Are new innovations to Cricket helpful for the audience?

September 18, 2022 | Shikhu Gyawali

Since its inception, cricket has undergone numerous adjustments and modifications. Since the sport's globalisation following World War II, international cricket has seen a significant transition. Since T20 cricket saw a substantial increase in viewership and audience engagement compared to other forms in the last 10-15 years, we have witnessed some dynamic and bizarre changes to the game.

Understanding cricket takes a lot of effort; it is not a simple game. Cricket has undergone innovation and change, making it even more difficult to understand the foundations. Since the introduction of T20 leagues around the world, unique or fresh ideas and logistics have been implemented to make one league more popular than others.

On the subject of gaming innovations, there will be two points of view. According to the first party, both sides will be able to make a comeback at any point during the game, making it more fascinating and watchable. On the other hand, it is deviating from the fundamentals and makes the beautiful game ludicrous for entertainment and viewing.

Cricket corporations have made several actions that have taken the sport out of its principles to increase viewership and audience engagement, and the cricket fraternity has not appreciated them. The England and Wales Cricket Board itself made some ridiculous decisions when they launched a 100-ball tournament called THE HUNDRED to make cricket more entertaining for the viewers and treated it as a family-friendly package. The Englishmen had a straightforward concept: games are more engaging when they are shorter. However, to make cricket more dynamic, the board altered some of the fundamental regulations.

There were significant changes to the fundamentals, such as twenty sets of five balls in the format and one bowler being able to bowl ten consecutive balls from one end. The ends would alter the following two sets (i.e equivalent to overs). The decision infuriated the game's detractors who wanted it to be true and unique, and some of the groups even boycotted the league. However, the general public appreciated the concept of entertainment and watched in decent numbers for the first two seasons. Despite having a T20 format already in existence, The Hundred generally can be considered a success project for England and Wales Cricket Board.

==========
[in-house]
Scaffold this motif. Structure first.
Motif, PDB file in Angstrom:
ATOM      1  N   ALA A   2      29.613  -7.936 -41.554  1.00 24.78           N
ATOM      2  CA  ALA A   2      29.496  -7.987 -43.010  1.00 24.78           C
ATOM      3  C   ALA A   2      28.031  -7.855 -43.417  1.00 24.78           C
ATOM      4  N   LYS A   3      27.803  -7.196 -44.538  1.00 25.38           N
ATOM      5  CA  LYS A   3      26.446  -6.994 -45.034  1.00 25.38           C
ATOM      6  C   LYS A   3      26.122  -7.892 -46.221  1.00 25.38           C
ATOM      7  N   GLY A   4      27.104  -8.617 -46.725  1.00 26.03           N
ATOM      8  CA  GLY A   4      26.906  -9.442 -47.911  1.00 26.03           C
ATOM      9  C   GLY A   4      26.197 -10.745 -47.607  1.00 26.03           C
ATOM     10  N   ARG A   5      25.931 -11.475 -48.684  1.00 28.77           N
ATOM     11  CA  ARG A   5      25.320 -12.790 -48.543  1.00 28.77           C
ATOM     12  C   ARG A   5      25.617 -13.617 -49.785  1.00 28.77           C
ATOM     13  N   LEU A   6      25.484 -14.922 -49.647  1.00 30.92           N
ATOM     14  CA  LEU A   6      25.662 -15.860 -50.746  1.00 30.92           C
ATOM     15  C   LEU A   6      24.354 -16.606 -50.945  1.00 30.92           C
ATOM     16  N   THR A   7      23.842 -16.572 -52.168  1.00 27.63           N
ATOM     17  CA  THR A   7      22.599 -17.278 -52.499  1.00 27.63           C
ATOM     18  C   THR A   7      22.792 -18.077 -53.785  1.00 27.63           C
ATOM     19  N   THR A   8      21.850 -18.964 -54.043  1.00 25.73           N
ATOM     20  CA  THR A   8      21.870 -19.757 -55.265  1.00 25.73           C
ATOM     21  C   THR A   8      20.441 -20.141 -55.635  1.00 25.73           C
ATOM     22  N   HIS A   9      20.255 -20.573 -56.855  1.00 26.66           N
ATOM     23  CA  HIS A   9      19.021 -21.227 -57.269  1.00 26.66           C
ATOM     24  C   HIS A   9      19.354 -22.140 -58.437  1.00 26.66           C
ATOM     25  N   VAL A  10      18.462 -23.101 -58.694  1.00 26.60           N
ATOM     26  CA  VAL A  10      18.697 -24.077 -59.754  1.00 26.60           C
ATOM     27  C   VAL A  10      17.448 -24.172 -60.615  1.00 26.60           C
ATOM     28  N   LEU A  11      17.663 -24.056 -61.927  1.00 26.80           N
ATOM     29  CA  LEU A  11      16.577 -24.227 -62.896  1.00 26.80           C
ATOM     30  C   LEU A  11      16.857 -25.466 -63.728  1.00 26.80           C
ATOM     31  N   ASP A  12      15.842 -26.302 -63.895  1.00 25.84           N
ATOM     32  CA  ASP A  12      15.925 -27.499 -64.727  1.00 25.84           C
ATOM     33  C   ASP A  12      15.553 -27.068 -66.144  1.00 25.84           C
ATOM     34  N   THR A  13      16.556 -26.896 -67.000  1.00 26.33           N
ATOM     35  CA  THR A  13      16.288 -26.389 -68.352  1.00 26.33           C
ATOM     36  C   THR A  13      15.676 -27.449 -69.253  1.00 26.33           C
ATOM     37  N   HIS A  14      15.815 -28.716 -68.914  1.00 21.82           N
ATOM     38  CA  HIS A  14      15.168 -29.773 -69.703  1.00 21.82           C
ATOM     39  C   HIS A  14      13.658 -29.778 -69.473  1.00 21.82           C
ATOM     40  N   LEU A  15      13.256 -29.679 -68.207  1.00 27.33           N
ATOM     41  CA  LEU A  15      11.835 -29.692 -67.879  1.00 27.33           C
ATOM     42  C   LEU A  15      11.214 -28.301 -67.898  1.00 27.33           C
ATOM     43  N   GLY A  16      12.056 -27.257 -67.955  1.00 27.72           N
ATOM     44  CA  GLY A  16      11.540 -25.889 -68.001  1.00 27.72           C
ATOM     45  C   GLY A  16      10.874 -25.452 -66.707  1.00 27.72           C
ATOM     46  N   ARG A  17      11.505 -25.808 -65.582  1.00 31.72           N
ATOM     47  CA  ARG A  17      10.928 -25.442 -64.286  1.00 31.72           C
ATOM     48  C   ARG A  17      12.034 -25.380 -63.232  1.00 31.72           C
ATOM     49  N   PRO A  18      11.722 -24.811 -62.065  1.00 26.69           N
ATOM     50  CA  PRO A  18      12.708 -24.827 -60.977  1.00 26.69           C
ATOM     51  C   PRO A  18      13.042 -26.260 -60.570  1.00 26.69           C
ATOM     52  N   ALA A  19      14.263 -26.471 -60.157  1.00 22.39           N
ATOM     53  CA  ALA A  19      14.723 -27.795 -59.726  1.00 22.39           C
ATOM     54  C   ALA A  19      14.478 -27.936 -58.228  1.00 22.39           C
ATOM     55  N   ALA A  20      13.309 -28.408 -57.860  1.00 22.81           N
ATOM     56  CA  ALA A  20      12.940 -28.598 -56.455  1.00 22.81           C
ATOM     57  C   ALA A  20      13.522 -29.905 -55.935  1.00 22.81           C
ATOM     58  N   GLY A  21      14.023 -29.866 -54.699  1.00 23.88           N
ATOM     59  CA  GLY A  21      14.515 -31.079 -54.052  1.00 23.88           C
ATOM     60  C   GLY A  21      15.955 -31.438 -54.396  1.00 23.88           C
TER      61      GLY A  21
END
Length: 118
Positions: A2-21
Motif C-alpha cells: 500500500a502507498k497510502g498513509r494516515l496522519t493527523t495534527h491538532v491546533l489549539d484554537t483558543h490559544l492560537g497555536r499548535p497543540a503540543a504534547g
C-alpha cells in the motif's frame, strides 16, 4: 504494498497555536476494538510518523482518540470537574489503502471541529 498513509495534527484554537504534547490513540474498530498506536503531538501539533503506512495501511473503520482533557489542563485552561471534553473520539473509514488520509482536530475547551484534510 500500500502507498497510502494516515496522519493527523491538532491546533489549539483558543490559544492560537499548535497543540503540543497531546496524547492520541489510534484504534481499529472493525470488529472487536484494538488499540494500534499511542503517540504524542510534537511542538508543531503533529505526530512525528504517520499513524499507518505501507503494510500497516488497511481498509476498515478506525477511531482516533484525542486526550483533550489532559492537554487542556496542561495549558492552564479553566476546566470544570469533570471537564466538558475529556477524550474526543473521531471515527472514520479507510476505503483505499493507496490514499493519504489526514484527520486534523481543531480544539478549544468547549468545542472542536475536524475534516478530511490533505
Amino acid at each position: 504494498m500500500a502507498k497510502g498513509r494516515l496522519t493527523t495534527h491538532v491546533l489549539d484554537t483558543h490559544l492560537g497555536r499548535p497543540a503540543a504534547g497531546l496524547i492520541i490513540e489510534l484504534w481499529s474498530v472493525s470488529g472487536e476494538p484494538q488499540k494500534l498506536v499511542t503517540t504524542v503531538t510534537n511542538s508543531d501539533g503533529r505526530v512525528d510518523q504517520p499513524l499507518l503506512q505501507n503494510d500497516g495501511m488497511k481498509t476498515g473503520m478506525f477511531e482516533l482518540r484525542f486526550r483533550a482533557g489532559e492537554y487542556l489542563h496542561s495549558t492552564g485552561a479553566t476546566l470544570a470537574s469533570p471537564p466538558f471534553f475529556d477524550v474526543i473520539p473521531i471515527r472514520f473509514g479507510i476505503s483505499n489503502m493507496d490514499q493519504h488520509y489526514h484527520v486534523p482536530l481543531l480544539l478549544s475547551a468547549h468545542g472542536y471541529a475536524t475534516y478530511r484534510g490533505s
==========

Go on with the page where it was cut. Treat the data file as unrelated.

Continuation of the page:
A similar adjustment was made to the Australian Big Bash League, allowing batting teams to unleash two powerplay overs for themselves. In a T20 match's regular powerplay, which lasts the first six overs, only two fielders are permitted to play outside the 30-yard circle. However, Cricket Australia changed that straightforward formula to make the necessary powerplay only last for the first four overs, with the option for the batting team to select an additional two overs based on their advantage.

The Board of Control for Cricket in India (BCCI) has made the bold decision to include the term "impact player" in its new system of classification. With effect from this season, the impact player will permit each club to substitute one player from its starting XI during a T20 match. The Syed Mushtaq Ali T20 Trophy will be where the idea is first put into practice. The BCCI is also considering implementing the concept in the upcoming season of the Indian Premier League.

All of these considerations and choices are created to increase the game's intrigue and level of interaction. The game and those who invest in it stand to gain from it. People may enjoy it just as much as they enjoyed the basic changes in The Hundred.

I believe changes must emerge to keep up with the progress of time and the value of things. However, they shouldn't create the impression that the only other choice is for the fans to like them. Even if people appear to like them, major changes like those listed above shouldn't take away from how authentic the game is; cricket is already exquisite as it is. People will eventually want to return to the fundamentals and stop the modifications.

The opinions presented here are the views of the writer and do not necessarily relfect the opinions of LetzCricket.